Why Would He Tell Us That?
Jesus said a lot of interesting things. Consider......
Sanctify them by the truth; your word is truth. As you sent me into the world, I have sent them into the world. For them I sanctify myself, that they too may be truly sanctified. My prayer is not for them alone. I pray also for those who will believe in me through their message, that all of them may be one, Father, just as you are in me and I am in you. May they also be in us so that the world may believe that you have sent me. I have given them the glory that you gave me, that they may be one as we are one: I in them and you in me. May they be brought to complete unity to let the world know that you sent me and have loved them even as you have loved me.(John 17:17-23, NIV)
It was he who gave some to be apostles, some to be prophets, some to be evangelists, and some to be pastors and teachers, to prepare God's people for works of service, so that the body of Christ may be built up until we all reach unity in the faith and in the knowledge of the Son of God and become mature, attaining to the whole measure of the fullness of Christ. (Ephesians 4:11-13, NIV)
I think it's safe to say that Jesus placed a lot of emphasis on unity. And it looks like they had a lot of it, then. Sure, Judas Iscariot was lurking about for his twisted part, but the guys seemed to pretty well rally around Jesus. And He was really about all they had.
They weren't terribly popular in the synagogues; Jesus' gospel was at odds with the Pharisees. And the Pharisees had the theology thing down pat; at least what had been passed down to them. They were even unified, apparently, in what they were about. But Jesus didn't point to them as stunning examples of unity.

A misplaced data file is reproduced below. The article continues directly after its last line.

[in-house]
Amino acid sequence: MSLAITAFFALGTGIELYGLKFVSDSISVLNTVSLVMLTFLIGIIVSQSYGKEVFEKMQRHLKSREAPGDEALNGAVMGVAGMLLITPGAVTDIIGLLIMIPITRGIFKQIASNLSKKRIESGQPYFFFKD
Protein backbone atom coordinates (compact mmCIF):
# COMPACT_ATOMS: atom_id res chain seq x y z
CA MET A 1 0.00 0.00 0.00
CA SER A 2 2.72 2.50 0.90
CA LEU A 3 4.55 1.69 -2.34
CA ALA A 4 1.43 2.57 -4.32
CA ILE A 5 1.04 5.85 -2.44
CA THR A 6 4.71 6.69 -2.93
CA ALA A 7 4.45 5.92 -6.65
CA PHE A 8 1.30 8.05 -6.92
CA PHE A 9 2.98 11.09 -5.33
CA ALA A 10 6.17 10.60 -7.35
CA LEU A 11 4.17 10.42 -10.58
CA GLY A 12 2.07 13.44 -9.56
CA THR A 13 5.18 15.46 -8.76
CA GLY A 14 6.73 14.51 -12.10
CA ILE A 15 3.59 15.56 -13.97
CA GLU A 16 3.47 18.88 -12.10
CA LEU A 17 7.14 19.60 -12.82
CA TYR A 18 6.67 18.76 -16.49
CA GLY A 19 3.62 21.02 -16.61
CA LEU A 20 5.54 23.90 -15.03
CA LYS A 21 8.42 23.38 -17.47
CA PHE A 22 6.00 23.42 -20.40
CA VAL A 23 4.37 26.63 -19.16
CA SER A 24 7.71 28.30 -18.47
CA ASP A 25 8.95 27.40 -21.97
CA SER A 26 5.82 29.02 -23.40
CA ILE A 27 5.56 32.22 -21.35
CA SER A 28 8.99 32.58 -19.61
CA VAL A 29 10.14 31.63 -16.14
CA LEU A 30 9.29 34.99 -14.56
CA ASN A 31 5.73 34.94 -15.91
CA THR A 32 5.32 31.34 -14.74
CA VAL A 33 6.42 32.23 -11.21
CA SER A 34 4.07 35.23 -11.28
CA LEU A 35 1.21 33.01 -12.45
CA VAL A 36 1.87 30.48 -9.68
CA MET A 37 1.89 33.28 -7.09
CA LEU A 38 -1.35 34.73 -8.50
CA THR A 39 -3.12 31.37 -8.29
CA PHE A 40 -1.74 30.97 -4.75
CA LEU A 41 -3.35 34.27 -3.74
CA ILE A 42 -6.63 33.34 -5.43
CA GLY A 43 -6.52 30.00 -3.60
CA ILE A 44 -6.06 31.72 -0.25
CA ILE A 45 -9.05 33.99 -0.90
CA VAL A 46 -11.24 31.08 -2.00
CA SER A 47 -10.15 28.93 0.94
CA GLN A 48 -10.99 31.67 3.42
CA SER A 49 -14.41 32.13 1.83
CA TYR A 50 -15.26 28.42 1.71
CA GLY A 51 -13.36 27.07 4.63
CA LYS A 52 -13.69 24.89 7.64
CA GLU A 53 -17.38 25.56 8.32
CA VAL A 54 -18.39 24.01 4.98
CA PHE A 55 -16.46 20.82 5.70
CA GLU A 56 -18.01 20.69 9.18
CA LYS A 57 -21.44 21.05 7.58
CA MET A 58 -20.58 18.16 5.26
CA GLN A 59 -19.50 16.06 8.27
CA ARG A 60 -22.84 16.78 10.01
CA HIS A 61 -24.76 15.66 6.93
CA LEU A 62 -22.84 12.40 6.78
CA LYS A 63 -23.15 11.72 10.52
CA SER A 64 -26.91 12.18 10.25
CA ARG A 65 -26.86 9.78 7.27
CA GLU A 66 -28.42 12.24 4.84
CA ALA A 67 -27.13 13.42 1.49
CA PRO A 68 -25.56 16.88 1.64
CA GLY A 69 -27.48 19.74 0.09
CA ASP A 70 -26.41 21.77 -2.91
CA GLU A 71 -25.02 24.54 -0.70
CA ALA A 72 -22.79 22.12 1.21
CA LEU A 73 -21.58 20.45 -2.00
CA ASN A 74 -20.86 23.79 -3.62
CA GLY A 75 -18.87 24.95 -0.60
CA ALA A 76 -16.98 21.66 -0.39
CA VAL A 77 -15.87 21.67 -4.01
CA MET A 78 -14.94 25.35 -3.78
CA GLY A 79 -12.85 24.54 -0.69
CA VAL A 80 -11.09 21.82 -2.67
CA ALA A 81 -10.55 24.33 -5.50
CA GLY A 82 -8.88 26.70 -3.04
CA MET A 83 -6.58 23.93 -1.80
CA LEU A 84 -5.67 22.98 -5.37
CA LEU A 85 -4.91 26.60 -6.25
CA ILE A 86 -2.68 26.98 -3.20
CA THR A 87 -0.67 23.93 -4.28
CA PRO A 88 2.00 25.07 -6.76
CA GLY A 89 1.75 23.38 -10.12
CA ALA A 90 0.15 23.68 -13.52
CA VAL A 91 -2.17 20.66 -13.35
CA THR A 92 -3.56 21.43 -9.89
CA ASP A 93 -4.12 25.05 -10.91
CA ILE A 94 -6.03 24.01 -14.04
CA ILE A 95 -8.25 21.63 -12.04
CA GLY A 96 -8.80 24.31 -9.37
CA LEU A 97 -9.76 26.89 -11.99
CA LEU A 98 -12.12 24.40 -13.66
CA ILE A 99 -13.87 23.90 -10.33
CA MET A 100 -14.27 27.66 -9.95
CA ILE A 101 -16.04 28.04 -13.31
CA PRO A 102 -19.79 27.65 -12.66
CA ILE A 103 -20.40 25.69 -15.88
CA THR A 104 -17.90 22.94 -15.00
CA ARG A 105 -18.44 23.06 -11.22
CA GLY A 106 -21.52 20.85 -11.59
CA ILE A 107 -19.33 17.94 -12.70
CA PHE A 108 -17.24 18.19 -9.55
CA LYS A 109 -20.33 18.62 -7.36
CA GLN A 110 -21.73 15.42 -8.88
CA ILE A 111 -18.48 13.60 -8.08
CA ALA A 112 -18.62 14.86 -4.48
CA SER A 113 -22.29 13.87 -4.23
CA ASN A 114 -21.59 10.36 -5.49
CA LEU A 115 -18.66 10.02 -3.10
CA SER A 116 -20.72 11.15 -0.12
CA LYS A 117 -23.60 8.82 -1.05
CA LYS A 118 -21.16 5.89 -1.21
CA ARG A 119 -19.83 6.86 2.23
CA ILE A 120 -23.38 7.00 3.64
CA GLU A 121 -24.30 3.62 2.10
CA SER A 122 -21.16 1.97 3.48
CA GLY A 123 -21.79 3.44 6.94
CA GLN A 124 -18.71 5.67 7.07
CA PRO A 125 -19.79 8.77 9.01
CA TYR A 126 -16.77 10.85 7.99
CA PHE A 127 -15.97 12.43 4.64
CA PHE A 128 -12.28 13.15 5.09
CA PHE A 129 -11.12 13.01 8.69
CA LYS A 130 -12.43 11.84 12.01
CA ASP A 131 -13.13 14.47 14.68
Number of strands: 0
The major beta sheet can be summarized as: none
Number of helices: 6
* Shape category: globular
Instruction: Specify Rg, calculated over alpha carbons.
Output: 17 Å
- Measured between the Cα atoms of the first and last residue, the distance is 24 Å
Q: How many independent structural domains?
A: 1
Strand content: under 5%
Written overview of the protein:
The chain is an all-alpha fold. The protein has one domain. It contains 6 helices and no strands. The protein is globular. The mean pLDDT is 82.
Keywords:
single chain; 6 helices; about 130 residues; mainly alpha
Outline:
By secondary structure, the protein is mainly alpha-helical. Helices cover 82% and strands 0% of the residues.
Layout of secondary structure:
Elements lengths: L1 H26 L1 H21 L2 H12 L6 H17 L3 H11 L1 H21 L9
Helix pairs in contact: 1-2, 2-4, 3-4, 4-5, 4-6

I'm thinking He had in mind the sort of unity that rises up in people whose prime focus is on Jesus. And that thought has driven some of the comments I've tossed around lately in Blogdom, which were generally met with either yawns, or scorn, or some sort of objection. Well, I don't care about that.
But I do think we're missing something.
Jesus' admonitions to be one .. to be united .. seem to have come in preparation for leaving .. to prepare His disciples to carry on without His physical presence. And the preparing seems to extend through the ages, to us (I pray also for those who will believe in me through their message, that all of them may be one...) So I'm thinking Jesus knew that we needed to be one, to be united around Him, even now, and He apparently knew it would not be "natural" for us to do that!
It's almost as if we don't WANT TO BE ONE! Or if we ARE going to do it, Buster, you'd better do it MY WAY.
But He told us to be united, anyway!
There seem to be earnest, serious, qualified scholars on both sides of most controversies. Do you suppose Jesus knew that would be the case? Yet He told us the issue was unity!